• Exactly, Mandi! The only organic milk I could find that was NOT ultra-pasteurized (it’s still pasteurized, but just “regular” pasteurized) was Publix’ Greenwise brand–but only in the gallon version. So, how weird is that?

      a

  2. Good for you!
    I’m not nearly as diligent as you…but I do get my eggs and honey from a friends “farm”. We can really taste the difference and I feel so much better knowing that we are eating so healthy!

  3. Grass fed beef is by far superior for not only health purposes, but for taste. And we’ve been doing the local honey thing, especially with our son, to help him gain some immunity from allergy seasons. His first bout with them this spring was rough.

    • Good idea, PJ! I have always picked up local honey just b/c of the novelty of it. I’ve just recently started to be diligent to find it for those allergy purposes. I’ll be interested to see if you can tell a difference in your son from last year to this.

      a

  4. Oh if only eating whole healthy foods could be easier here on Guam! Things are WAY expensive as it is off base. And there isn’t a lot of year round local foods to be had! Everything is shipped, and believe me, in produce you can definitely tell!! I can never just plan on making a certain meal with certain ingredients, even if I know its in season, it is either super pricey even on base, or its in terrible condition! Lately onions have been the worst- they are still cold from being frozen and beaten up and some are moldy. Same with all the berries, all through the summer when they should be at there peak, if they weren’t moldy on the shelf, they were within days of bringing them home! Oh I wish I could feed my family better foods! I plan on it when we get back stateside most definitely…2 more years to go!

    • Oh my goodness! Frozen onions? I can’t even imagine how different and hard it is—maybe as you look you’ll find some nice hidden farmer waiting to sell food to you! ;)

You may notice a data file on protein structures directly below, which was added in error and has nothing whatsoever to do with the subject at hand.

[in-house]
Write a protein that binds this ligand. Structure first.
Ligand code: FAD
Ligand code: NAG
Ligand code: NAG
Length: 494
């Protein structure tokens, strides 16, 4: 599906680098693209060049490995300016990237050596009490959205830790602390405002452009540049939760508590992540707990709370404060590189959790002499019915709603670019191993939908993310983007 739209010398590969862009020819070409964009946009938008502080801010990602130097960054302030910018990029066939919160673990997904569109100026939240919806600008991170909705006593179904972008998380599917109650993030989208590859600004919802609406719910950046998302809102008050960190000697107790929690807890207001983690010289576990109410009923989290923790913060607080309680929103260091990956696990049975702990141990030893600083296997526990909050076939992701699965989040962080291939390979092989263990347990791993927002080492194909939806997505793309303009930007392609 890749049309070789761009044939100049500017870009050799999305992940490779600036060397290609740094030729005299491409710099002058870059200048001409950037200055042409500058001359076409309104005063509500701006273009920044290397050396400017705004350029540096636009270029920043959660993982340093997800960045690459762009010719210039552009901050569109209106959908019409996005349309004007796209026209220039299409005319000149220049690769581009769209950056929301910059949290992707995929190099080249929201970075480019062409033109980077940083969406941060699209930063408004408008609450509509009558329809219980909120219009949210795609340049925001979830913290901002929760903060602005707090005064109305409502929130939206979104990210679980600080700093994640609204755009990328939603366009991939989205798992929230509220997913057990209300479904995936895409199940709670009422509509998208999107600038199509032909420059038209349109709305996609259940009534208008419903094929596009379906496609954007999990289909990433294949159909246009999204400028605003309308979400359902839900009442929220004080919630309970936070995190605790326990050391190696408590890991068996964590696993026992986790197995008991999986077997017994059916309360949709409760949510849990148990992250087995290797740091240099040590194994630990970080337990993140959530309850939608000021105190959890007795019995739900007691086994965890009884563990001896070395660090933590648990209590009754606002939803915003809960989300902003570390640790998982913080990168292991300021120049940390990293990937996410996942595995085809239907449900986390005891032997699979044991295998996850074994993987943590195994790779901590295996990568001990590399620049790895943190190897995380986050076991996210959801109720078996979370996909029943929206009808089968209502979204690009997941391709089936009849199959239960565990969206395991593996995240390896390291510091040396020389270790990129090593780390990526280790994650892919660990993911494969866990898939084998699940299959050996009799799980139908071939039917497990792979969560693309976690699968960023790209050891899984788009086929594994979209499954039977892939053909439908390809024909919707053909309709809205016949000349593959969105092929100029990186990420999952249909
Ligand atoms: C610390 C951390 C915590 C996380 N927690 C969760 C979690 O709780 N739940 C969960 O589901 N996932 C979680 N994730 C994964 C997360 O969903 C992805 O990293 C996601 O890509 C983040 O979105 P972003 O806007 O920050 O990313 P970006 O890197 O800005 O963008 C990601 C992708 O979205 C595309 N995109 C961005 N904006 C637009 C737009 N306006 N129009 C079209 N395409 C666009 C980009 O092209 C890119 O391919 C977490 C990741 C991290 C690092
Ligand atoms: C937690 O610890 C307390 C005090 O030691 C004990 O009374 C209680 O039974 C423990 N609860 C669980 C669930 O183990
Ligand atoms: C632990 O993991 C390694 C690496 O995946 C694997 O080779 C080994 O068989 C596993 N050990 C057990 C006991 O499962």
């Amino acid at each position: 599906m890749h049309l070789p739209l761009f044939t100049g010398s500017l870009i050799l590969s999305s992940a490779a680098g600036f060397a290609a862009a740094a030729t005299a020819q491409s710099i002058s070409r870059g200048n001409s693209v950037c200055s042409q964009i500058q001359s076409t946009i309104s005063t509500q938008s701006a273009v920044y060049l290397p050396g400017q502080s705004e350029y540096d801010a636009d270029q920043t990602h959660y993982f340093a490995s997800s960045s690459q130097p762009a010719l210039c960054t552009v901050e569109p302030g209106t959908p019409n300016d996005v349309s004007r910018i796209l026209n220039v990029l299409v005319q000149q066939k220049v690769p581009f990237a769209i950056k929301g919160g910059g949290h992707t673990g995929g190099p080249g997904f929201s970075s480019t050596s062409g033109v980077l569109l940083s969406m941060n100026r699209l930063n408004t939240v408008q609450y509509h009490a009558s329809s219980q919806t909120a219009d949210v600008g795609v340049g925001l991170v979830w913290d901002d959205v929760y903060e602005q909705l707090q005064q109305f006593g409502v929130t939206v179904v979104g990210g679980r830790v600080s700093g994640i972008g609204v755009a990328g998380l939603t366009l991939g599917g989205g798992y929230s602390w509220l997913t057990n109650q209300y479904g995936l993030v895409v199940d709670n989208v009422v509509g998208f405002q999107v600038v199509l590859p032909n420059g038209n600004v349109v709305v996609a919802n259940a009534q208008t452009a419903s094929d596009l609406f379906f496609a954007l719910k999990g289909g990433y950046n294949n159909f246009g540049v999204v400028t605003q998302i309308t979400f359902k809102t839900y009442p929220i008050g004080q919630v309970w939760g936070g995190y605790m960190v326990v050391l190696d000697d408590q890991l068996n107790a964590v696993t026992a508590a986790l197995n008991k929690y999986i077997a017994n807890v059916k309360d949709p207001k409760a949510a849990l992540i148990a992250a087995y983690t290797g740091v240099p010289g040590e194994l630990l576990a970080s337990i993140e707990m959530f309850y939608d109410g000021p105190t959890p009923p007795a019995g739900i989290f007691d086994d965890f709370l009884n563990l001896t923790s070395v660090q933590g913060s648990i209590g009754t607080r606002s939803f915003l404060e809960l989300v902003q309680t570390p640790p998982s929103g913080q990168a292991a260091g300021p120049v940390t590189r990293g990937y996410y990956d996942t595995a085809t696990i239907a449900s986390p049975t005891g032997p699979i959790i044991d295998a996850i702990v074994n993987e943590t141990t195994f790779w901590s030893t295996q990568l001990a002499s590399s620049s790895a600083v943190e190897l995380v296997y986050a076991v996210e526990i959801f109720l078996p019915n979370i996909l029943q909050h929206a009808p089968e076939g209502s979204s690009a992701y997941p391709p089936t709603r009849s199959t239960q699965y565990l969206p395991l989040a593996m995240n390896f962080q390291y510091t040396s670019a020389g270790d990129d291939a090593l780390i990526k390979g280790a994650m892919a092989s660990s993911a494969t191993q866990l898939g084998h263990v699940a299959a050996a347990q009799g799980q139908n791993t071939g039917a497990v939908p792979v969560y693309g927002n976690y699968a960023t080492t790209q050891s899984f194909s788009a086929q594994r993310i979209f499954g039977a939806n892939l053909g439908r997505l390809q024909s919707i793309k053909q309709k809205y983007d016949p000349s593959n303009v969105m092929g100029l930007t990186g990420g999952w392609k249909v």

Two years to stateside! Yay!
      a

  5. Amanda, what a fabulous, comprehensive post. You did an awesome job putting all this together. I’ll definitely be linking over!!

  6. We have very similar food philosophies . . . and I too struggle with #10! In fact, today’s post is about my friend Kelly’s Real Food for Rookies class.

  7. I read Dr. Anrew Weil’s book a long time ago. I’ve been woefully negligent in following the principles though.

    I hardly ever think about what they do to process milk, either. I’m going back to whole milk! I’d love to get my hands on some raw milk, if I can find it. I bet the raw milk tastes a lot better, too.

  8. Yeah, um. You’d never know it from my junk food picnic post today but I actually know and practice most of this. Several years ago I decided to work my way up the food pyramid (which I know is faulty, but it was somewhere to start) and started baking my own bread, and took it from there. We do full fat dairy, which prompts a lecture from our pediatrician every time I forget not to lie a little about it. I’m scared of raw milk, frankly. But honey – I’ve been in love with for a long time and my kids get a tablespoon every day. I’m old school like that :)

  9. Great post and it’s encouraging to know there’s small steps to start with. I love how in summer it’s so easy to get local, fresh foods.

  10. There’s so much to know, and so many different opinions, and everybody thinks they’re right. I’m also just trying to gather as much information on the subject as possible and from there make decisions about what’s right for me and my family. I’m still trying to work through The Omnivore’s Dilemma, but thank you for pointing me toward other resources for more information. (Someday I’ll have more time for reading!)

    • That’s all you can do—especially when you rely on the internet as much as I do. It’s easy to take what so-and-so blogger says as truth. I read 1/2 of In Defense of Food…but the only reason I stopped is b/c by the halfway point I already agreed with him! LOL!

      a

  11. This is such a great post! I still have many steps to take… I haven’t made the leap to raw milk yet, but I’m starting to feel kind of lucky that I live in CT the more I research it. Here, it IS legal to sell… on the farm or even in a store. People drive here from neighboring states all the time. :)

  12. Love your top ten this week! We’ve already started doing some of those things — grassfed beef, eggs from cage-I’ve always been a fan of real cheese, even when trying to lose weight. My thought is they replace that fat with something and that chemical something is probably way worse for you than the fat.

    I’m working on incorporating some of the other tips in our lives, too. I’m having the hardest time with the whole grains, right now, but we’re working on it.

    Anyway, great post!

    • I’m telling you after reading the info at Bread Beckers, I felt like whole grains was the key to lifelong health! It sounds crazy but I can see how God designed food to heal and sustain us.

      And you are so right about them putting other junk in after they strip it down. *shudder*